It is not practical for a clinician to analyze whether a particular patient visit is a single supply or whether it constitutes multiple supplies. This responsibility would be an onerous burden for practitioners.
9. The draft policy should take the view that, in general, there is a single supply.
10. The draft policy should clearly indicate that the health care purpose is determinative and takes precedence over any other purpose. If a supply has multiple purposes, and one of the purposes is a qualifying health care supply, then the supply will be classified as a QHCS and thus exempt from GST/HST.
11. Provide practical examples of situations in which a practitioner could be making multiple supplies.
12. Provide a list of factors specific to the QHCS to help practitioners determine whether a supply constitutes a single supply or multiple supplies.
The draft policy includes 23 examples that each set out the CRA's view on whether or not a particular supply or combination of supplies qualifies as a QHCS and is therefore exempt. All of the examples involve a single supply; there are no scenarios involving multiple supplies.
Furthermore, although the examples provide the CRA's decision on whether or not the supply in question constitutes a QHCS, they do not discuss the various factors/elements that the CRA would consider in reaching that decision. For example, examples 3, 4 and 5 all involve an examination of a patient and a report or document that a patient provides to an employer or potential employer. The draft policy does not clearly explain why the supplies in examples 4 and 5 are QHCS but the supply in example 3 is not.
Moreover, in some cases, the examples provided by the CRA do not reflect all of the aspects of the scenario in question. For example, in Alberta, a driver's medical examination (and completion of the associated form) is an insured service after the age of 75 years, but example 10 makes the blanket statement that completion of such a form is not a QHCS. Another example is that in some cases there is a subtle distinction between sick notes and short-term disability forms, for time missed because of illness.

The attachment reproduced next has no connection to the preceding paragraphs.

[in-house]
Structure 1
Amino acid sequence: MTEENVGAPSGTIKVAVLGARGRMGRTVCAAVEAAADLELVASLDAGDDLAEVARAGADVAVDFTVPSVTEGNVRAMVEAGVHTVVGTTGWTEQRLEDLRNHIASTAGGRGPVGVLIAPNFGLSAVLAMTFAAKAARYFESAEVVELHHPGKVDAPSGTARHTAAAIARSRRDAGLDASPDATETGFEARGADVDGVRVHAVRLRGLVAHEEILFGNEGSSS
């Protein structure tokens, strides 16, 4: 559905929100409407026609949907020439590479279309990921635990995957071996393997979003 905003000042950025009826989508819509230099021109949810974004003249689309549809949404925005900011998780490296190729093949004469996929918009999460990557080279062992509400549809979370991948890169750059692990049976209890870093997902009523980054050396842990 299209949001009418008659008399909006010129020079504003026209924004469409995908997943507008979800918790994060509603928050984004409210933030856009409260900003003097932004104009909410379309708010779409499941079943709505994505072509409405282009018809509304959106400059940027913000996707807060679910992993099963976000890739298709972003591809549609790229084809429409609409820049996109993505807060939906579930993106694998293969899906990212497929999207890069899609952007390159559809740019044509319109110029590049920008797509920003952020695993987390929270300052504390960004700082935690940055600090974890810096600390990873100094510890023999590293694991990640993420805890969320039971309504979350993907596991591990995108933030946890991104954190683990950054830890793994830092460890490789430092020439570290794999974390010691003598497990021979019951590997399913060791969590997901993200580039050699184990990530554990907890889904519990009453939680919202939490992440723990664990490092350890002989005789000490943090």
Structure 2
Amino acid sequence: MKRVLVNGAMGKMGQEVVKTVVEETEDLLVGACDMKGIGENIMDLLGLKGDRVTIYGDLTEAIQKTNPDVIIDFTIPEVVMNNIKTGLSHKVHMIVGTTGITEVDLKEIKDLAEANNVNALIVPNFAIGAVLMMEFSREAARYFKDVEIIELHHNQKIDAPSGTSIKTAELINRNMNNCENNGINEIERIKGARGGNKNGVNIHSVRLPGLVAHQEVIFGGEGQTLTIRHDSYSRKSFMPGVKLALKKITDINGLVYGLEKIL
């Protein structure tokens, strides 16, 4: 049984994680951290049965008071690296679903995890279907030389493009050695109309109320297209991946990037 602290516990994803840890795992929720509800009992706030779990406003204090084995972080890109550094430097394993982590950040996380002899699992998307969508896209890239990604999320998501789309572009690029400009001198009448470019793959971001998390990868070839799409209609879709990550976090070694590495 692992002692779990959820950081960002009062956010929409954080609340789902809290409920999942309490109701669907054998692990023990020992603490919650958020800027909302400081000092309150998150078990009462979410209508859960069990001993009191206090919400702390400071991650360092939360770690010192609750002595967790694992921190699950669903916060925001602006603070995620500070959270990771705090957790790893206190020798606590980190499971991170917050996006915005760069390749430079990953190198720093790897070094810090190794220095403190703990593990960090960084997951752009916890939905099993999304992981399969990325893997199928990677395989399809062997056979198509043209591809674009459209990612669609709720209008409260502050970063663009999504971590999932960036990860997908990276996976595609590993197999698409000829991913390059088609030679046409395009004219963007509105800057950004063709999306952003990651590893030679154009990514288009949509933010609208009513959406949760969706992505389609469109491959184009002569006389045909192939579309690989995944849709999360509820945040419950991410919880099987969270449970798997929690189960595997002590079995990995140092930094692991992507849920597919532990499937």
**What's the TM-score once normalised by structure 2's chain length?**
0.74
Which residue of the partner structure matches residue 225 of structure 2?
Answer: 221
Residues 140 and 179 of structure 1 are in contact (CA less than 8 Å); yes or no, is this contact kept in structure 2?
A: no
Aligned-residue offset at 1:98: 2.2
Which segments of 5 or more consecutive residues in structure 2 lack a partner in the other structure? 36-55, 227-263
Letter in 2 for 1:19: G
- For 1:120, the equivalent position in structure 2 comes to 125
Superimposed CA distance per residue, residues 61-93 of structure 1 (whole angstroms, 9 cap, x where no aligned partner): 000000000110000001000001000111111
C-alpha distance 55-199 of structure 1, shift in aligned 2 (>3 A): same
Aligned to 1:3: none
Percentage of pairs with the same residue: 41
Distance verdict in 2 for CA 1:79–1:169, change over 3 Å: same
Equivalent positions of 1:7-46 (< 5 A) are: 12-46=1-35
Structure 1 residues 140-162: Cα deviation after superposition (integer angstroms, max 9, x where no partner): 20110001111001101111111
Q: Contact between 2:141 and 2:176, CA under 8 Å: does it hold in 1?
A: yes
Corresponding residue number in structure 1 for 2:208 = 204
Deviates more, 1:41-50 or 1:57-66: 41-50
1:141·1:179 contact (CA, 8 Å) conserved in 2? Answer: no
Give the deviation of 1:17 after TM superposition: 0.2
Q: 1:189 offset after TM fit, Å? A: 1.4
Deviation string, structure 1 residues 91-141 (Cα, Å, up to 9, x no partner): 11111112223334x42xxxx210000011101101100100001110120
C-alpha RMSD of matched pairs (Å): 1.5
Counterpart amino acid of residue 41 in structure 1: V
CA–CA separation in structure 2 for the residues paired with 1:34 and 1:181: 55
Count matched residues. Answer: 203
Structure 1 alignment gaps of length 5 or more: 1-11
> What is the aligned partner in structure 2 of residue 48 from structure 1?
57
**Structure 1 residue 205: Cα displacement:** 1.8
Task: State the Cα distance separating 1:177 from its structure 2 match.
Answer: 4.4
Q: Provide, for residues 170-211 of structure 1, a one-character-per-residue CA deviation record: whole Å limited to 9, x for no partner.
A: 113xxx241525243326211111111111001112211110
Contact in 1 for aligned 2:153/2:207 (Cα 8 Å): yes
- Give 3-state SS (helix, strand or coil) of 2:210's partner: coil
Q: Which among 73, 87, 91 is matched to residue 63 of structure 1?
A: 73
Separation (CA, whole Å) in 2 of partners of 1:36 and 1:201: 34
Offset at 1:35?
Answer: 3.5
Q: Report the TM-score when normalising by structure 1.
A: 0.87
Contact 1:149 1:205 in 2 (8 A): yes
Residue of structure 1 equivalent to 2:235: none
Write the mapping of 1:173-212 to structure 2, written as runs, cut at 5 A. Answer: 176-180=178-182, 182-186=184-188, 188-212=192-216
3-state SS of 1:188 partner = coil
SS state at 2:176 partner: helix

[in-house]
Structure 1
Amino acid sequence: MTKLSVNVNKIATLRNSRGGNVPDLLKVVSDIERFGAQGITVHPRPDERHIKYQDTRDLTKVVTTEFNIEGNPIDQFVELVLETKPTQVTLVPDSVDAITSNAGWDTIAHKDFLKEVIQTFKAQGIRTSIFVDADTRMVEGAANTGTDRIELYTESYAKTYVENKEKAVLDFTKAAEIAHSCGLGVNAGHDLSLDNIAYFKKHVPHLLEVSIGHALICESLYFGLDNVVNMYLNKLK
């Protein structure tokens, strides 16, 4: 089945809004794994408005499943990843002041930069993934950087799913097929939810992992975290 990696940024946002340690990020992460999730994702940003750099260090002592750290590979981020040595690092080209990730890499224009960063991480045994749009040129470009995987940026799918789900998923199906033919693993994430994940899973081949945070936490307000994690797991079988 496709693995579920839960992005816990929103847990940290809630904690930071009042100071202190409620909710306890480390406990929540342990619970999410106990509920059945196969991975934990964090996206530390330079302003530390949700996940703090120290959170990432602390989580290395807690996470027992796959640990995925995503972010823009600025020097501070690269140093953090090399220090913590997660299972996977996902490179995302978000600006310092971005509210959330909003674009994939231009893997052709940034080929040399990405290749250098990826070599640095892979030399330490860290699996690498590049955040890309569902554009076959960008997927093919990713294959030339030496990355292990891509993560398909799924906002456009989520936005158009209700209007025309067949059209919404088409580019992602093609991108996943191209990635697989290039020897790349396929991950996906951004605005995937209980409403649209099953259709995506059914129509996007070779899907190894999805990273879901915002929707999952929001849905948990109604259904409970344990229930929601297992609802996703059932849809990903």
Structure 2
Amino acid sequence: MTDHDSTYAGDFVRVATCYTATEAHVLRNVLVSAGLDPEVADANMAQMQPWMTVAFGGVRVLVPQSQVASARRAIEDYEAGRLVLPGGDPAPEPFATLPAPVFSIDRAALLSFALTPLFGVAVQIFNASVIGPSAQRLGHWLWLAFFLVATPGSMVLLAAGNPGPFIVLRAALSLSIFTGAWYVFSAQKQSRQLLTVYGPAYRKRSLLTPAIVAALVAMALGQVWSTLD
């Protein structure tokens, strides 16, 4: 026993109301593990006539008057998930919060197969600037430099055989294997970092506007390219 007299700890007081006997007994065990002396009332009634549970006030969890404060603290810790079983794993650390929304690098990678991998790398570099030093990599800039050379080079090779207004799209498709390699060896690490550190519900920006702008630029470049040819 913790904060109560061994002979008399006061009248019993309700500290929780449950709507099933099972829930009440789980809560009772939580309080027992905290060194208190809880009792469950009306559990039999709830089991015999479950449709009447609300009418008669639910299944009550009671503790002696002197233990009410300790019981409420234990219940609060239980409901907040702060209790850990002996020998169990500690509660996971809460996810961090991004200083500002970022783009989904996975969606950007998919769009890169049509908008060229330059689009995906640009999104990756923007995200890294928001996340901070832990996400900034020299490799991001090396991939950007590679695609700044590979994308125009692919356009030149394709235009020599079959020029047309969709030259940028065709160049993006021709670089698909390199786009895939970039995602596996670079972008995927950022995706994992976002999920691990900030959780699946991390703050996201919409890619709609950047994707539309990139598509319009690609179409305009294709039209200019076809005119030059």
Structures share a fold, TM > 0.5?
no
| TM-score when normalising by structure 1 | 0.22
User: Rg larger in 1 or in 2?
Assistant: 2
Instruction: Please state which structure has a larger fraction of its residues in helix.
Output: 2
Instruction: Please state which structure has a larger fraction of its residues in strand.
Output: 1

13. If both single- and multiple-supply concepts are included in the final version of the policy, examples with multiple supplies should also be included.
14. For each example, clarify in the rationale section how the tax status was determined in each example.
15. Include a linkage to the factors discussed in the draft policy statement suggested above in making its determination of the tax status of the supply.
16. The CRA should maintain a repository and distribute a list of additional examples not included in this iteration of the policy (e.g., annual executive medical examinations, applications for Disability Tax Credit).
17. The policy could include comments on GST/HST registration, collection and reporting requirements, the association rules and the small supplier threshold as well as possible eligibility for recoveries of GST/HST by way of rebate or input tax credits (ITC) and ITC allocation requirements.
The CMA appreciates the opportunity to comment on the draft policy as part of CRA's consultation process. To ensure that clinicians can implement the new requirements with minimal impact on their patients and their practice, additional clarity is required with respect to the meaning of the various elements in the definition of a QHCS, the factors to be considered when determining if a supply is a QHCS, and the documentation required to support a physician's conclusions regarding the nature of his/her supplies.
The CMA would welcome the opportunity to comment on future iterations of this policy.
Examples of GST/HST policy statements that include a list of factors to assist the reader in determining whether a particular set of facts meets the CRA's policy:
* P - 244: Partnerships - Application of subsection 272.1(1) of the Excise Tax Act.
* P - 238: Application of the GST/HST to Payments Made Between Parties Within a Medical Practice Organization
* P - 228: Primary Place of Residence
* P - 208R: Meaning of Permanent Establishment
* P - 276R: Application of Profit Test to Carrying on a Business
* P - 167R: Meaning of the First Part of the Definition of Business
* P - 164: Rent-to-own Agreements
* P - 111R: The Meaning of Sale with Respect to Real Property
* P - 104: Supply of Land for Recreational Units Such as Mini-homes, Park Model Trailers, and Travel Trailers
* P - 090 Remote Work Site
* P - 077R2 - Single and Multiple Supplies
* P - 051R2: Carrying on Business in Canada